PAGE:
Nov 26, 2019

In a deepfake, Nixon laments a catastrophe that wasn't

In a clip from a stunning new AI-manipulated video, President Nixon delivers a somber speech he never gave in real life, appearing to eulogize American astronauts left on the moon to die.

Why it matters: The video simultaneously shows the dangerous power of deepfake technology that can put words into the mouths of powerful leaders — and its potential to expand the boundaries of art.

What's happening: The video explores an alternate reality in which the Apollo 11 lander failed, stranding astronauts Neil Armstrong and Buzz Aldrin on the moon.

  • In it, Nixon read the now-famous words that were written for him in 1969, but that he never said on TV: "Fate has ordained that the men who went to the moon to explore in peace will stay on the moon to rest in peace."
  • The two-minute excerpt above comes from a six-minute video that debuted last week at the International Film Festival Amsterdam. There, participants sat in a 1960s-era living room and watched the president deliver the ghost speech on TV.

How it works: Researchers at the MIT Center for Advanced Virtuality recorded clips from a voice actor impersonating Nixon and produced AI-generated speech using technology from Respeecher, a Ukrainian company. The deepfake video, in which the president's mouth and face moves in perfect sync with the synthetic audio, was created by Israel's Canny AI.

What they're saying: “We hope that our work will spark critical awareness among the public," said Francesca Panetta, the project's director. "We want them to be alert to what is possible with today’s technology, to explore their own susceptibility, and to be ready to question what they see and hear as we enter a future fraught with challenges over the question of truth.”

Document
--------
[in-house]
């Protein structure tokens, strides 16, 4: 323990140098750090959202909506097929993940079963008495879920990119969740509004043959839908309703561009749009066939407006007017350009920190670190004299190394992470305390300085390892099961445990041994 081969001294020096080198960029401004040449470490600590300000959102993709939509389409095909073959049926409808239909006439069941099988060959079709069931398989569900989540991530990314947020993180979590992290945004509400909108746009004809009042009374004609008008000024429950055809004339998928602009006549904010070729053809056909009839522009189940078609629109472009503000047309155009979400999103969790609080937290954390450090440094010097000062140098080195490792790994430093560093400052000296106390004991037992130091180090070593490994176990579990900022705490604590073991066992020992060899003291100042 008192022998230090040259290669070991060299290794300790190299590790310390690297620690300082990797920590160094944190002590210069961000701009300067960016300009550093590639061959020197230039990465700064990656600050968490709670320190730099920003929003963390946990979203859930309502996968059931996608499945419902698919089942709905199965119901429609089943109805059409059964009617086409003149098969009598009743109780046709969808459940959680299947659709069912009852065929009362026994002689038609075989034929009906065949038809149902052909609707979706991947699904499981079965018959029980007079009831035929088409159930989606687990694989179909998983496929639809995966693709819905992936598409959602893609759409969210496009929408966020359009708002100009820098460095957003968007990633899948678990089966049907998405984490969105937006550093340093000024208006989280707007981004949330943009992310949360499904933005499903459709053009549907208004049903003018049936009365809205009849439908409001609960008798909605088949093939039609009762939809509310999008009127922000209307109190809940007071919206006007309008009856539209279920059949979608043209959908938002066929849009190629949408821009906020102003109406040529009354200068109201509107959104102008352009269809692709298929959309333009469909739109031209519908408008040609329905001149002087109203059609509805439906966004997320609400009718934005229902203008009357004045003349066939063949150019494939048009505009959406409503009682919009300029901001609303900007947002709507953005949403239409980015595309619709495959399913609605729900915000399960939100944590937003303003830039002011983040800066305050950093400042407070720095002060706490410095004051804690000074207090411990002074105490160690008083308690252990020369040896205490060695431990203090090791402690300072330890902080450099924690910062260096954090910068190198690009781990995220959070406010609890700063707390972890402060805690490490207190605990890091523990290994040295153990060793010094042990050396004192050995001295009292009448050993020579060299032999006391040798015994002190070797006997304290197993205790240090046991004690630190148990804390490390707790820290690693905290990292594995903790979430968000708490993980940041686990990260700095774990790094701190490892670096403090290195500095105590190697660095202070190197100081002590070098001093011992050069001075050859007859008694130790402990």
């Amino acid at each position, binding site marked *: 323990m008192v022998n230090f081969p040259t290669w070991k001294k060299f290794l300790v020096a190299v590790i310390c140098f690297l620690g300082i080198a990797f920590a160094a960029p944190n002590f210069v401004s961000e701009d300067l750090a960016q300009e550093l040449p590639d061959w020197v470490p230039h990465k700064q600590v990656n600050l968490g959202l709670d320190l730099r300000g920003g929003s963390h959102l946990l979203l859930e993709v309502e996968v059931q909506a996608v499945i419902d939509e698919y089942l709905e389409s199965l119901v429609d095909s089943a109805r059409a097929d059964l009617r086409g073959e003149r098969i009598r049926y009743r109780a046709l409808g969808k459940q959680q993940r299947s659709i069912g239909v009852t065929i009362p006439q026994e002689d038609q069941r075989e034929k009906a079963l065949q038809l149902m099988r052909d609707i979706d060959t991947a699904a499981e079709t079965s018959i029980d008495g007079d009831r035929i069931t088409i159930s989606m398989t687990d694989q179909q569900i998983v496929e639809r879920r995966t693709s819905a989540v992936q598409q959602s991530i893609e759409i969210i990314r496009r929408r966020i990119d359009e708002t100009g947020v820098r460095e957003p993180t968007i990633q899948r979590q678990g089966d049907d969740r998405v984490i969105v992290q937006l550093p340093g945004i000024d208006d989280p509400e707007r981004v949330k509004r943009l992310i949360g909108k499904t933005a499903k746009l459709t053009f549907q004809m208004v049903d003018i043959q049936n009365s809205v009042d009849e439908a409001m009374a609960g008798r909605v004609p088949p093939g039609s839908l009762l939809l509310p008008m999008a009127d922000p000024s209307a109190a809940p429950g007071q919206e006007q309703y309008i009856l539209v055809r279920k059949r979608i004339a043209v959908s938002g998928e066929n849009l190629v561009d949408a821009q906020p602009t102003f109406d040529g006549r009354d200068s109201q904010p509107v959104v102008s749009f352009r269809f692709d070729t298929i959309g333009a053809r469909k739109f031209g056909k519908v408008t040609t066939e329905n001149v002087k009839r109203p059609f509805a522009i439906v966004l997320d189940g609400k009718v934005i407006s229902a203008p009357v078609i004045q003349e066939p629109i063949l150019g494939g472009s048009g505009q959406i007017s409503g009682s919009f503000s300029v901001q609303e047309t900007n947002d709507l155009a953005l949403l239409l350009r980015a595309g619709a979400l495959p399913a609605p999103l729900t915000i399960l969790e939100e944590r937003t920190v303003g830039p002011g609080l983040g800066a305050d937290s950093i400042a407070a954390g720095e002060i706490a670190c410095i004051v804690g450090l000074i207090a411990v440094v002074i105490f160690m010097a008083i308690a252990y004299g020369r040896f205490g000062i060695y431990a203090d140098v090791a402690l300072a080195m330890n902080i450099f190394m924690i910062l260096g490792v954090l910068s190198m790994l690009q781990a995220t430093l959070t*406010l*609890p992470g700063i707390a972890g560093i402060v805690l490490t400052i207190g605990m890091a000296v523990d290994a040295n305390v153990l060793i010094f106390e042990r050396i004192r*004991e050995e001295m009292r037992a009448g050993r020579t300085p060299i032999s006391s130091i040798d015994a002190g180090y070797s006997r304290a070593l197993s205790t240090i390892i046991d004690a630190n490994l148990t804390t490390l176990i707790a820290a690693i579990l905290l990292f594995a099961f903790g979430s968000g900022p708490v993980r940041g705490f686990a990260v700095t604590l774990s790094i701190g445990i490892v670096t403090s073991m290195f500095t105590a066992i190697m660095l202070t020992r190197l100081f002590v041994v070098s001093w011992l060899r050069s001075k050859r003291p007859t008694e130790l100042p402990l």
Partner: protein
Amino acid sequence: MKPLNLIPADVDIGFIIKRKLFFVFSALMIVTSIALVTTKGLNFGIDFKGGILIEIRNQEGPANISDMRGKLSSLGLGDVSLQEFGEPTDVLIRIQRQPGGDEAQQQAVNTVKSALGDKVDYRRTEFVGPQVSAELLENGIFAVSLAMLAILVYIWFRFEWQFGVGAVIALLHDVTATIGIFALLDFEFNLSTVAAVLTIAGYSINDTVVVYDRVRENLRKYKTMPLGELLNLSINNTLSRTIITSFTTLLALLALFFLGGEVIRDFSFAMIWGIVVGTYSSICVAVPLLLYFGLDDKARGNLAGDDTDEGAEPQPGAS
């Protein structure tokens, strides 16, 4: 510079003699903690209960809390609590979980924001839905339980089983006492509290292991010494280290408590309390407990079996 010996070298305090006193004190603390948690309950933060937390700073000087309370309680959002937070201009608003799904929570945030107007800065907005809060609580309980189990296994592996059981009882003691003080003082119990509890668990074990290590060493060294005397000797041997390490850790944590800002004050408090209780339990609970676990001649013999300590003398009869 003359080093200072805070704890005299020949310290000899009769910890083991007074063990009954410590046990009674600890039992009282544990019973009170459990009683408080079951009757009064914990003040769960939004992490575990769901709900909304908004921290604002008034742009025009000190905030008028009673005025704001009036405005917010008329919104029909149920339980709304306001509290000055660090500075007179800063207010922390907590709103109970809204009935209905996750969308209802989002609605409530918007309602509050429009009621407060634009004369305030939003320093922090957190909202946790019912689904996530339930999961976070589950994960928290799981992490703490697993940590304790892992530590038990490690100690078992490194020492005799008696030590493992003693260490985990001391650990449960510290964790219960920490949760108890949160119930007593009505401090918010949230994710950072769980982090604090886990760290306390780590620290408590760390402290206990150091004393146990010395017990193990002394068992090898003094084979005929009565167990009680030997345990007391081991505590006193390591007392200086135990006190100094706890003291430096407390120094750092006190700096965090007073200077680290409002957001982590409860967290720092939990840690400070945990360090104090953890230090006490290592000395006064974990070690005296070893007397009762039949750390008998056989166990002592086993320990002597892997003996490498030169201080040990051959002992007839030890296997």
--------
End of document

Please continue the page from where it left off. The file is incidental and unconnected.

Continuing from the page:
Go deeper: A group of companies are trying to deploy deepfakes as a force for good

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A tug-of-war over biased AI

Illustration: Eniola Odetunde/Axios

The idea that AI can replicate or amplify human prejudice, once argued mostly at the field's fringes, has been thoroughly absorbed into its mainstream: Every major tech company now makes the necessary noise about "AI ethics."

Yes, but: A critical split divides AI reformers. On one side are the bias-fixers, who believe the systems can be purged of prejudice with a bit more math. (Big Tech is largely in this camp.) On the other side are the bias-blockers, who argue that AI has no place at all in some high-stakes decisions.

Go deeperArrowDec 14, 2019

Misleading Biden clip highlights Twitter policy concerns

Illustration: Aïda Amer/Axios

A video selectively edited to frame one of Joe Biden's stump speeches as racist was shared by GOP strategists and a former speaker of the Missouri House, the New York Times reports, citing data from misinformation tracker VineSight.

Why it matters: Sharing misleading information via social media to incite anger toward presidential candidates is easy — and it works.

Go deeperArrowJan 4, 2020

Exclusive: Facebook funding Reuters deepfakes course for newsrooms

Illustration: Sarah Grillo/Axios

Facebook is spending six figures to fund a course on manipulated media and deepfakes for newsrooms, executives tell Axios. The course material has been developed by Reuters, and Facebook is funding its international expansion as a part of the Facebook Journalism Project.

Details: The free e-learning course, called "Identifying and Tackling Manipulated Media," seeks to help journalists globally learn how to identify photos or videos that have been altered to present inaccurate information.

Go deeperArrowDec 17, 2019